Math anxiety can easily undermine the hard work your child has invested throughout the year, lowering their scores on standardized tests and jeopardizing their chances to take advanced classes or enroll in the schools of their choice. Studies have shown math anxiety impacts up to half of all students in various ways. However, with the proper approach, it can be effectively addressed and met with an “I can do it!” attitude.
How can you help your child reduce their math anxiety? By reviewing the mistakes they make on homework assignments and practice exams, and helping them to group these errors into three easy to remember categories – the “three C’s:”
- Concept - understanding the methods needed to resolve specific problem types
- Comprehension - determining exactly what individual problems are asking you to do
- Calculation - solving the problem correctly without making errors or overlooking any critical details
Challenging test questions can cause some young people to become gripped with math anxiety. Often, the cause lies in difficulties with one or more of the three C’s. When we help them to identify where their weaknesses lie, we can help them move from anxiety to perform at the level of their true potential.
As a first step, sit down with your child and look at the types of errors made in homework assignments, regular tests and practice exams. It’s a process that can be helpful anytime during the academic year, especially when students become anxious about math, and is particularly important when it’s time to start preparing for standardized tests.
To address Concept Challenges, ask your child to break questions into a series of meaningful parts, resolve these parts individually, and then put them back together. An example of this would be:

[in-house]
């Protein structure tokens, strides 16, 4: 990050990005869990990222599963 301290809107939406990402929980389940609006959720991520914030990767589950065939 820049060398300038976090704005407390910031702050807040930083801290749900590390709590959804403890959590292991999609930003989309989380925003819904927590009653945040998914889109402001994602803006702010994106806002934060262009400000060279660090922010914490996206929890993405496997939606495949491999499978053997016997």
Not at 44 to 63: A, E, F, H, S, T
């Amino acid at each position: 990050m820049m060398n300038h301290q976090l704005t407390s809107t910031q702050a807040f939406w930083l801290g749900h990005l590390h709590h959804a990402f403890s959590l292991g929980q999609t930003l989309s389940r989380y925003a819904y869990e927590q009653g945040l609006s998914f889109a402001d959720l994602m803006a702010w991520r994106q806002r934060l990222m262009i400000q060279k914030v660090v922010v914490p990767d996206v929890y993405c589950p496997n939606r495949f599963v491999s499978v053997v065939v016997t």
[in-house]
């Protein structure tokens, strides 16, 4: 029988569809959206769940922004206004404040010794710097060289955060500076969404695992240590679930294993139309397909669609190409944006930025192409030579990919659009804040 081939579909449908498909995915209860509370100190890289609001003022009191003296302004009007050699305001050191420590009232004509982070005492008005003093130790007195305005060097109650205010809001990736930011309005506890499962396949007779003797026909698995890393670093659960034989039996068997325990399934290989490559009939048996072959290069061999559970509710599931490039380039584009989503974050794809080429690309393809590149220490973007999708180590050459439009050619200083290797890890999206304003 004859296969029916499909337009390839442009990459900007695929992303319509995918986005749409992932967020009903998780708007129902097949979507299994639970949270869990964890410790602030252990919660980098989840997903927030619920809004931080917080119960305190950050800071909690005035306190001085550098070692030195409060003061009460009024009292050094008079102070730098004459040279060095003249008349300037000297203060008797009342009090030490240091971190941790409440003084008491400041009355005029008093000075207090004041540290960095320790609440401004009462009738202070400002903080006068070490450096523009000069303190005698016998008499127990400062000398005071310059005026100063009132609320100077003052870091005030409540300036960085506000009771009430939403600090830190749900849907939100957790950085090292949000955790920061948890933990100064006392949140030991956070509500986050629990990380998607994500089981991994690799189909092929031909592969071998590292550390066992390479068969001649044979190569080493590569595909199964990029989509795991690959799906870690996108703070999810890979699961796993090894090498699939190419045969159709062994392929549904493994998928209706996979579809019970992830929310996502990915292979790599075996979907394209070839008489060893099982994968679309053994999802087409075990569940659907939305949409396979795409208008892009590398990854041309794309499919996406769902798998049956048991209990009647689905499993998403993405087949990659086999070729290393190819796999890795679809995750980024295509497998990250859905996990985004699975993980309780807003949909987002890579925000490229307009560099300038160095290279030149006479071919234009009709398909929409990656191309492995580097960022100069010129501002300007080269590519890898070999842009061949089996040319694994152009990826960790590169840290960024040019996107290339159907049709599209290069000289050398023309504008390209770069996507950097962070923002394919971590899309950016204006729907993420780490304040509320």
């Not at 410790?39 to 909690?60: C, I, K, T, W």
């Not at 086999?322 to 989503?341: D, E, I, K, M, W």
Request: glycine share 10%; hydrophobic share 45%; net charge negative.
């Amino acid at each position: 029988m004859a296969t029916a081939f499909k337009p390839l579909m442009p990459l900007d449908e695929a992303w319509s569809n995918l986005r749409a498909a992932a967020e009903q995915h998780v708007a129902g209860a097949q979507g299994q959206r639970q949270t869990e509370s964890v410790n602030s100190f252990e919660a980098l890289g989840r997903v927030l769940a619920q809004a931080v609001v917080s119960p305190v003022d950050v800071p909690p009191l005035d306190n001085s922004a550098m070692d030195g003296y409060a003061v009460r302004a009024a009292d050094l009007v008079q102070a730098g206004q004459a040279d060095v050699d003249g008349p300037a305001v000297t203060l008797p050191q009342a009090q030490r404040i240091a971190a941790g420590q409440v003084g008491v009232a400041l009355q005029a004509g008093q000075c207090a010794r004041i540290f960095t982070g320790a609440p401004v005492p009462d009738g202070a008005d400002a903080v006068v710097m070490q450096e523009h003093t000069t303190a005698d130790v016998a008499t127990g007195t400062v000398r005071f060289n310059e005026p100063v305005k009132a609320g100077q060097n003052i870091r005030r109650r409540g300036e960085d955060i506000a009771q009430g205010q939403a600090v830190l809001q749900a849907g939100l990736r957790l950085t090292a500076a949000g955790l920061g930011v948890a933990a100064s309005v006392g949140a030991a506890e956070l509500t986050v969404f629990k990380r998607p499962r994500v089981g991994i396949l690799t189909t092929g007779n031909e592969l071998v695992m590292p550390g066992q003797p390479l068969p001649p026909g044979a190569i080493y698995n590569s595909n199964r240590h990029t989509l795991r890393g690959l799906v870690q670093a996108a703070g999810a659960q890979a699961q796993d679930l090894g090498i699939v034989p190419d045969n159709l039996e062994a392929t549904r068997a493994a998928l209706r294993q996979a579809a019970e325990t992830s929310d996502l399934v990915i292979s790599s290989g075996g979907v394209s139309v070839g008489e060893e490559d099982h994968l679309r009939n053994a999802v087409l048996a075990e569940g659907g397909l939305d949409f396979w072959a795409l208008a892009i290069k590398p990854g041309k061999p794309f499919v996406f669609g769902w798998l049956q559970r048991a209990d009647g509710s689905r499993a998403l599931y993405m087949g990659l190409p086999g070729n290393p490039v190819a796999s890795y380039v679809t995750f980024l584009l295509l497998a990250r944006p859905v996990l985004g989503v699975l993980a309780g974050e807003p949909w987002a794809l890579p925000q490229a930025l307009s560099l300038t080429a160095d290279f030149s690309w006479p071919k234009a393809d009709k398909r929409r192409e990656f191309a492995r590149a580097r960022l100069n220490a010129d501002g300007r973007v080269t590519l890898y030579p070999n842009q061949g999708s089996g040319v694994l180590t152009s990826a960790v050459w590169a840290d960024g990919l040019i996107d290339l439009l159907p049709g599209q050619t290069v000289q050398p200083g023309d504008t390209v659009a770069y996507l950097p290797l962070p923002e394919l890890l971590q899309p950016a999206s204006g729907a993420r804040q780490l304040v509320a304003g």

For “half of 5,280 = _________” think “half of 5000 (2,500) half of 200 (100), and half of 80 (40), so half of 5,280 = 2,500 + 100 + 40 = 2,640.
Children struggling with both Concept and Comprehension can be asked to read troublesome questions aloud. This helps to strengthen the mechanics of understanding by invoking different parts of the brain. Another helpful approach is to ask students to reframe questions in their own words.
To help students overcome Calculation difficulties beyond rote practice, it’s crucial to make sure a child’s written work is neat and clear. Neat penmanship makes a huge difference in child’s ability to think clearly and follow their own good reasoning.
Finally, as the day of the test approaches, children should also take some common-sense steps that can be applied to all types of tests, Larry Martinek, chief instructional officer at Mathnasium notes. “First, avoid last-minute cramming by learning to pace yourself and structuring a daily study plan. Make sure to eat a healthy, high-protein breakfast the morning of the exam. Then, in the testing room, STOP and close your eyes. Take a moment to inhale deeply. When you exhale, open your eyes and envision the test with an ‘I can do’ mindset.”
Article by: Larry Martinek, Chief Instructional Officer, Mathnasium